I am sure you are very familiar with slogans similar to these: “Our employees make the difference”, “Quality is our job number 1”, “We Deliver Great Customer Service”. These slogans are indeed very popular, but also a very ineffective way to differentiate a brand. That’s because they more often than not promote a brand’s point of parity instead of focusing on the points of differentiation.
My goal in today’s article is to explain these two important marketing concepts. Hopefully it will give you a better perspective on how to choose a strong differentiator, that is meaningful to the consumer, and your brand can sustain long term.
Don’t forget to heck out the brand positioning tutorials page for more articles on how to build strong and differentiated brands.
Points of Parity versus Points of Differentiation
Identifying the points of parity and points of differentiation is industry specific. There is no generic rule that can be applied across the board.
Points of parity are those elements that are considered mandatory for a brand to be considered a legitimate competitor in its specific category. It is what makes consumer consider your brand, along with your competitors. So before you work on identifying your competitive advantage, you want to make sure you identify what it takes to be a player in your category, and have all these points covered.
I will use a personal example to illustrate this concept.
I am currently in the market for a new car for my growing family. When comparing various offers, I consider the following aspects of buying and owning a car points of parity:
– a showroom located within reasonable proximity, where I can see the models
-a demo model that I can test-drive
-a 3 year comprehensive warranty
I am not considering any car brand that is not able to meet these four criteria. Those elements will not bring any benefit to a brand if advertised because the consumer considers them as a given. (Nobody expects to buy a car with less than 3-year warranty).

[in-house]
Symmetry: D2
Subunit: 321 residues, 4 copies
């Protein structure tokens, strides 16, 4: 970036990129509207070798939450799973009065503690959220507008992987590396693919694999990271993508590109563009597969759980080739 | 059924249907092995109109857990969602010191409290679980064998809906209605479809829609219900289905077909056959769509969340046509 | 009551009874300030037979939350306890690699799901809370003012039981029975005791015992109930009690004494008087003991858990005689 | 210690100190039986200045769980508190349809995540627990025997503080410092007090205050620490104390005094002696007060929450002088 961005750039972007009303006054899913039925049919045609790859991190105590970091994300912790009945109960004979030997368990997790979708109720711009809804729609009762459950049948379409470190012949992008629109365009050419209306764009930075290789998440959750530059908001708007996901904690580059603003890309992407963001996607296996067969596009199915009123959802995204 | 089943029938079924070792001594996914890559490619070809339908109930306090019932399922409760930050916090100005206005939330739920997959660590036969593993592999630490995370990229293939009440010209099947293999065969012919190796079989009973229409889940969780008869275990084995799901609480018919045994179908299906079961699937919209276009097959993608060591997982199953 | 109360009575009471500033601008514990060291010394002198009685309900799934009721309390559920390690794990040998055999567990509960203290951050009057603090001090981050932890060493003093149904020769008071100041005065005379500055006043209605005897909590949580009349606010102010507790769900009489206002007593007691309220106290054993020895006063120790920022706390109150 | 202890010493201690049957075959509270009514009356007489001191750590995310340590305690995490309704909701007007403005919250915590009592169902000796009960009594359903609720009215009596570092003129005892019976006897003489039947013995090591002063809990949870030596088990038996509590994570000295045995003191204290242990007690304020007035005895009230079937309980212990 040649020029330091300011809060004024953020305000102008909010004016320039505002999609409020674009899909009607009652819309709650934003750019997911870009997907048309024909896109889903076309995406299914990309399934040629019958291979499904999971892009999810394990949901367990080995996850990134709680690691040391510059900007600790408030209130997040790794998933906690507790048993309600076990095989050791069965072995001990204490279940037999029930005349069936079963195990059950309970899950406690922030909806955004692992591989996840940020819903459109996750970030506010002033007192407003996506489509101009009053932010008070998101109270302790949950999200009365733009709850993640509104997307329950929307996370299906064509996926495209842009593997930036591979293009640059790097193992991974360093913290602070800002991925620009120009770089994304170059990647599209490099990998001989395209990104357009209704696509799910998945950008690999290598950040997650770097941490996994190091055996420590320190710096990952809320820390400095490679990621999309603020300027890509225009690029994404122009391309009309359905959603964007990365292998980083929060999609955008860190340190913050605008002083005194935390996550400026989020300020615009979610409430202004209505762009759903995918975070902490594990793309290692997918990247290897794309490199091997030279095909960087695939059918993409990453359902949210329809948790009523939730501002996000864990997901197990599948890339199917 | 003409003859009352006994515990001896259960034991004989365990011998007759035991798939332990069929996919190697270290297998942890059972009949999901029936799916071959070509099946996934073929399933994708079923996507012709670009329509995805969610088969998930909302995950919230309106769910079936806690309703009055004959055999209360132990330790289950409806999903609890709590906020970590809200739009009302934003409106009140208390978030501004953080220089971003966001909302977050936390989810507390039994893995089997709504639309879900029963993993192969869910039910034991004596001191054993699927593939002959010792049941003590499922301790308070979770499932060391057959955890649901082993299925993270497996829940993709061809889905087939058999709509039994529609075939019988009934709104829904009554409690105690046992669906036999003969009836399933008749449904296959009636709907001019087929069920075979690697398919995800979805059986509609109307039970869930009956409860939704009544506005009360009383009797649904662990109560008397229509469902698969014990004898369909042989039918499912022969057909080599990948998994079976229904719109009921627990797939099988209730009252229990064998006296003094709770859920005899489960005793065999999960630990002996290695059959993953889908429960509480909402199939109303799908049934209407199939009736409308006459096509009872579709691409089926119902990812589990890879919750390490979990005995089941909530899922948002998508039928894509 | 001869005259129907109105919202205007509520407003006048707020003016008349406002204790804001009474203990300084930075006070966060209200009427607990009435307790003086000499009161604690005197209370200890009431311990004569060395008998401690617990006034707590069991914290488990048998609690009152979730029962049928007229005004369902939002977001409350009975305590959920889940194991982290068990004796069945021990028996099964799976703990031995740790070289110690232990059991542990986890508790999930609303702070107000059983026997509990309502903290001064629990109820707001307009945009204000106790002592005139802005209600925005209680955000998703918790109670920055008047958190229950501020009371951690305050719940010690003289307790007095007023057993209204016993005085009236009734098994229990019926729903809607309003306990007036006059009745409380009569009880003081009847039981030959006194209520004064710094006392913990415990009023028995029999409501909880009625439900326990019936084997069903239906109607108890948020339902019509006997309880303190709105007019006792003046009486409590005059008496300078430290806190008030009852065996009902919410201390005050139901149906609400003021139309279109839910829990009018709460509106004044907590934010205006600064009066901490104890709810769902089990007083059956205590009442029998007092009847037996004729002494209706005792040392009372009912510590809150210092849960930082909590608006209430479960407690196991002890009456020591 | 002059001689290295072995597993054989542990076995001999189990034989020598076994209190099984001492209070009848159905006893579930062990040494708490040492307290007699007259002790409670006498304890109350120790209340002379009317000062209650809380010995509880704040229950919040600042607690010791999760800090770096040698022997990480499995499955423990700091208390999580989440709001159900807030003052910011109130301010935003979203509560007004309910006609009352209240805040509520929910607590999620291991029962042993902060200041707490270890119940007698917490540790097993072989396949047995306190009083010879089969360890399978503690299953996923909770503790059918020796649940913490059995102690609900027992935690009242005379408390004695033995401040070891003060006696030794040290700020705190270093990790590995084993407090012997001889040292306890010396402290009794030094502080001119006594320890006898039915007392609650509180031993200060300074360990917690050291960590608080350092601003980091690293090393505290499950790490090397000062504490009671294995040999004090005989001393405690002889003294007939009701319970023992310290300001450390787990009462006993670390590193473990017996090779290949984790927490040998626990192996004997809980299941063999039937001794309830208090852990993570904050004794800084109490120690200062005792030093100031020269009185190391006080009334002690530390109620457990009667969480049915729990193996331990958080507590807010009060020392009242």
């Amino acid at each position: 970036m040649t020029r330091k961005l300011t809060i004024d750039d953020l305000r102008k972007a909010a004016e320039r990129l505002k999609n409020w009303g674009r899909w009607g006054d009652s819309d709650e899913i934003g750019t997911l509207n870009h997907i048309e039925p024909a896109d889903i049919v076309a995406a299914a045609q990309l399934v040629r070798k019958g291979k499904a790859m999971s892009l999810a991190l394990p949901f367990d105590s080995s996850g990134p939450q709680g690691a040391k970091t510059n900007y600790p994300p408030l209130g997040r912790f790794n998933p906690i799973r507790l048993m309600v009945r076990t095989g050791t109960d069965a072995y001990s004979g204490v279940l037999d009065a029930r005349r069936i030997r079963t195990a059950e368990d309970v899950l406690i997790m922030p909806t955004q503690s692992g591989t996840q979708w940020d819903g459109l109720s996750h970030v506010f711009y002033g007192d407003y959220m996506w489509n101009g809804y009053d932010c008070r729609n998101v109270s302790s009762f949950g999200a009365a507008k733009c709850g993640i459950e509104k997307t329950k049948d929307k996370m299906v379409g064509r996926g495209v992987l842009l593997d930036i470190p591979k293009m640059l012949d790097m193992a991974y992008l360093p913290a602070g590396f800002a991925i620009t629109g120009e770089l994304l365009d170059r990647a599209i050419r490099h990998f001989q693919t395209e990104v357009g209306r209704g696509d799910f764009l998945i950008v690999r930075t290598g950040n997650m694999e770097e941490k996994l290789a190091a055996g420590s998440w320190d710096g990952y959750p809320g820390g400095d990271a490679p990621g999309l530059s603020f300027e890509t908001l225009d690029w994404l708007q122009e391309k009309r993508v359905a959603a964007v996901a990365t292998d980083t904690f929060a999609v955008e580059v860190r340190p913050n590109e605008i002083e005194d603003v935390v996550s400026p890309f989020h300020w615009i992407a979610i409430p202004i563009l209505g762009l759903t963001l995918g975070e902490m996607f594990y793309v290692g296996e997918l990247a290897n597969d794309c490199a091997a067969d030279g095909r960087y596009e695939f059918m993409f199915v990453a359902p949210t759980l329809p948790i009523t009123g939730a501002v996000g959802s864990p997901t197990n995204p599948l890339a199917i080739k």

On the other hand you cannot launch a new brand without making sure you meet the points of parity.
Points of differentiation are the attributes that make your brand unique. It is your competitive advantage. It is what your brand slogan should reflect.
Let’s come back to the automotive industry.
Hyundai took a point of parity and made it a point of differentiation: they were the first brand that offered a 5-year comprehensive warranty in Canada (10 in the USA), instead of the industry standard of 3 years.
Subaru made the all-wheel drive system its competitive advantage, brilliantly reflected in their slogan “Confidence in Motion”.
No car brand communicates the “3 year warranty” or “front wheel drive system” a competitive advantage. And rightfully so: these are points of parity, not points of differentiation.
The Meaningless Slogan Trap
Now let’s go back to the so-common slogans at the beginning of the article: “Our employees make the difference”, “Quality is our job number 1”, “We Deliver Great Customer Service”.
Good employees, quality, and service are a given in almost any category. Is anybody expecting to survive and grow with bad employees, poor quality products and rude customer service?
If your company is using a slogan similar to the ones in the first paragraph then it’s probably time for a brand repositioning exercise. That is unless your competition is famous for not delivering what you are promoting (be it quality, service, good employees. Then your slogan makes perfect sense. Otherwise don’t waste your advertising budget promoting points of parity. Find out what attributes make your brand unique and build your communication strategy around them.